A NFL icon died on Tuesday morning. Buddy Ryan changed defenses forever.
His "46" defense in Chicago was arguably the greatest in league history, winning a Super Bowl in 1985. As Doug Plank, Mr. 46 himself, explained to The Buffalo News, this was revolutionary. Never before did a coach seek to find the perfect play for every formation and give his players the power on the field to adjust.
Plank details why that Bears defense was special, the sense of pride Ryan created behind the scenes (players feared the coach's wrath), the physical dominance of those Bears defenses and how Rex Ryan can create a similar effect in Buffalo.
On how Buddy Ryan should be remembered: “Everybody that doesn’t know him, that just watches on television, thinks he was a very bombastic loudmouth without realizing how innovative he was, how creative. He’s the first coach that had the willpower to trust his players. He trusted his players in making calls on the field. Most times, coaches want to control everything they can. He gave us a plan that we would work on each and every week.
“When you’re on the field, you can’t sound like Jon Gruden going through all the colors and vocabulary each and every play. You have to get it out fast and quick. We’d immediately line up in a defense based on their formation. So every time their formation changed, our defense changed. There were automatic coverages and fronts. He was the first coach I ever saw to give that much confidence to players to go out and execute the plan.”
On if this was new for its time, finding the best play for every formation: “Absolutely. No question. Coaches want to control everything. They want to control everything on and off the field. And this is saying, ‘No, I’m not going to make the call. You guys are going to make the call.’ Whatever they did, we were in the right defense.”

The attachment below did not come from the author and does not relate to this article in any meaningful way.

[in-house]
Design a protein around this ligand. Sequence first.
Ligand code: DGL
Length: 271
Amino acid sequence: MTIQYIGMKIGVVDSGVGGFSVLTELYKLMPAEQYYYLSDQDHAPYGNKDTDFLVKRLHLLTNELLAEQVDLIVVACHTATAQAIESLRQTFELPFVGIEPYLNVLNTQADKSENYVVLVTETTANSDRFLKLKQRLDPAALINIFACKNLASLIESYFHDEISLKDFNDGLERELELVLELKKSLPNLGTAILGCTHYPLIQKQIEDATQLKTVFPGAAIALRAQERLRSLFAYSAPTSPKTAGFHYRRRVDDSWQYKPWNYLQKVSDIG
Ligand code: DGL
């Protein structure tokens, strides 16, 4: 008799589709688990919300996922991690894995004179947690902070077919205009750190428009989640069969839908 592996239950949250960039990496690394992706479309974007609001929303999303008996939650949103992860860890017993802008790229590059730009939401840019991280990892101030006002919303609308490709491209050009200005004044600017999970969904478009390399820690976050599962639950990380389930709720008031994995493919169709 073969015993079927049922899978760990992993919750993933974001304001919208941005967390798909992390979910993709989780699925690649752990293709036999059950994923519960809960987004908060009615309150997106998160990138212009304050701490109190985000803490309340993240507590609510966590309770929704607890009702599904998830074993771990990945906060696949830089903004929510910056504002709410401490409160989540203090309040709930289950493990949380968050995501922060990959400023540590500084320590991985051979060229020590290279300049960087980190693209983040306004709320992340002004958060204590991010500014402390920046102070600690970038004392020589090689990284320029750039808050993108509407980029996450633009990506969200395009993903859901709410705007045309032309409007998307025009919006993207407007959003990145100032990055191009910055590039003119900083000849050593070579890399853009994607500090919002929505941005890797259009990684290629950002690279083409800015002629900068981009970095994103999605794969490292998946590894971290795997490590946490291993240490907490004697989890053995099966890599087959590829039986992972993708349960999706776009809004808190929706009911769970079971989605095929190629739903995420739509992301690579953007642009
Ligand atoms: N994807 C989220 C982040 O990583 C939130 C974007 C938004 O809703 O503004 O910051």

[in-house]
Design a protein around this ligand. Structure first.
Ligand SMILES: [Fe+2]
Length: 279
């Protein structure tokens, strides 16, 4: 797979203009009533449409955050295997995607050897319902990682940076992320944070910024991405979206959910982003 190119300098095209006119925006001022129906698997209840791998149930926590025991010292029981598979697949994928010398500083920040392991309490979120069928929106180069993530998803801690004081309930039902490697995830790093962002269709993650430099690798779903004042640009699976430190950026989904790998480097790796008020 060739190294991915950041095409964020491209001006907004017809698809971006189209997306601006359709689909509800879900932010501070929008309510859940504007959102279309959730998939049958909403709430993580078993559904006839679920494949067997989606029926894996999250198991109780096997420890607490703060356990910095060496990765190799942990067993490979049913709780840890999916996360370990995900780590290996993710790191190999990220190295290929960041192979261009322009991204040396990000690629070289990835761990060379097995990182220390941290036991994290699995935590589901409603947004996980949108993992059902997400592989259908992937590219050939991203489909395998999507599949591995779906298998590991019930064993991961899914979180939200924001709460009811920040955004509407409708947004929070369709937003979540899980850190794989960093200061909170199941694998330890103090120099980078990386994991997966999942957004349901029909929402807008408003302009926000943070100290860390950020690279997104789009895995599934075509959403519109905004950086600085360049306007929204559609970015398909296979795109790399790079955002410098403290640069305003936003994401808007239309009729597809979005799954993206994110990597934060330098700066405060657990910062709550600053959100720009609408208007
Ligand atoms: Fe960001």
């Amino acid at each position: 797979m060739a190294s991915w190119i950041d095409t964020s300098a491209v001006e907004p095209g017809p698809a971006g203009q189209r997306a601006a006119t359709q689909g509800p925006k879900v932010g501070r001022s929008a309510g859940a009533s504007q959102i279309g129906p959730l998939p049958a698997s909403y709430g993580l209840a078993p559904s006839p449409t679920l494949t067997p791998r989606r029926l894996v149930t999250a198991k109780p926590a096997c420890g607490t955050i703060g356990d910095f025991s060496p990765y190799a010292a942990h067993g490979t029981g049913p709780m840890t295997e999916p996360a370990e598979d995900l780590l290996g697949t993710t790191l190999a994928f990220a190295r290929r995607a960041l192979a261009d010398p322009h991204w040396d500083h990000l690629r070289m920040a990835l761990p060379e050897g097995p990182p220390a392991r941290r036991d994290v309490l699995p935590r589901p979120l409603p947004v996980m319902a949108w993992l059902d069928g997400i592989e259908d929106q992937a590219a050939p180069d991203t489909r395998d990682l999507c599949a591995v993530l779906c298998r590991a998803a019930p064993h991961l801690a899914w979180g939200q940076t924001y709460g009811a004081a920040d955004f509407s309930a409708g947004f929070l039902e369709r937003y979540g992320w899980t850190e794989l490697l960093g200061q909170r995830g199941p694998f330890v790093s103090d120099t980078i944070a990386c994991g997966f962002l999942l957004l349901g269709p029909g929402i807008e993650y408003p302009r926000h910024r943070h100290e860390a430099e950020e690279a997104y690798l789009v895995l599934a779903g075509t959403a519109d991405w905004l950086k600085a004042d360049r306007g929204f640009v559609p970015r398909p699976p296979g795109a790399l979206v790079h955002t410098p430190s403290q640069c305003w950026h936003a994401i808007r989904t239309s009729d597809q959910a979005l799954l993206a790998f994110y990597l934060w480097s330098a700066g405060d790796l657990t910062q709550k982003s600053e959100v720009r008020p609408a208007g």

On Buddy Ryan creating a sense of loyalty: “The fact that you thought Buddy Ryan despised you, it was one of those tough-love scenarios. He would drive you and push you and test you until you finally gave up and said, ‘OK, I’m going to drop this attitude I had coming from my college. I was the star, the hero, No. 1 and I’m going to humble myself and allow myself to become part of this defensive scheme, organization, Chicago Bears.’ You became one of the players that was part of this whole concept. When that happened, you had loyal soldiers. That didn’t happen when Buddy first got there. Every player on that team thought Buddy did not like him. But he developed a loyalty that was unsurpassed in anything I’ve seen in my athletic career.”
On players thinking Ryan hated their guts at first: “He’s just tearing everybody apart. I’m thinking, ‘It’s going to be a long time with this guy. He doesn’t like any of us. He’s not happy.’ He came from Minnesota and Minnesota had an All-Pro safety in Paul Krause that used to line up 20 yards deep. Big guy, 6-2. I like to tackle people. I led the team in tackles my rookie year. That hadn’t been done at the safety position. After a while, he said we’re going to bring this guy closer to the line of scrimmage so he can tackle people, which is what he likes to do and thereby creating the 46 defense. It was nothing more than me taking over the middle linebacker position. Buddy completely flipped the philosophy of football. If you were a defensive end, you could be in pass coverage. If you were a defensive back, you were going to be a pass rusher. That had never happened. How can you change the rules? It didn’t matter who you were or where you were.”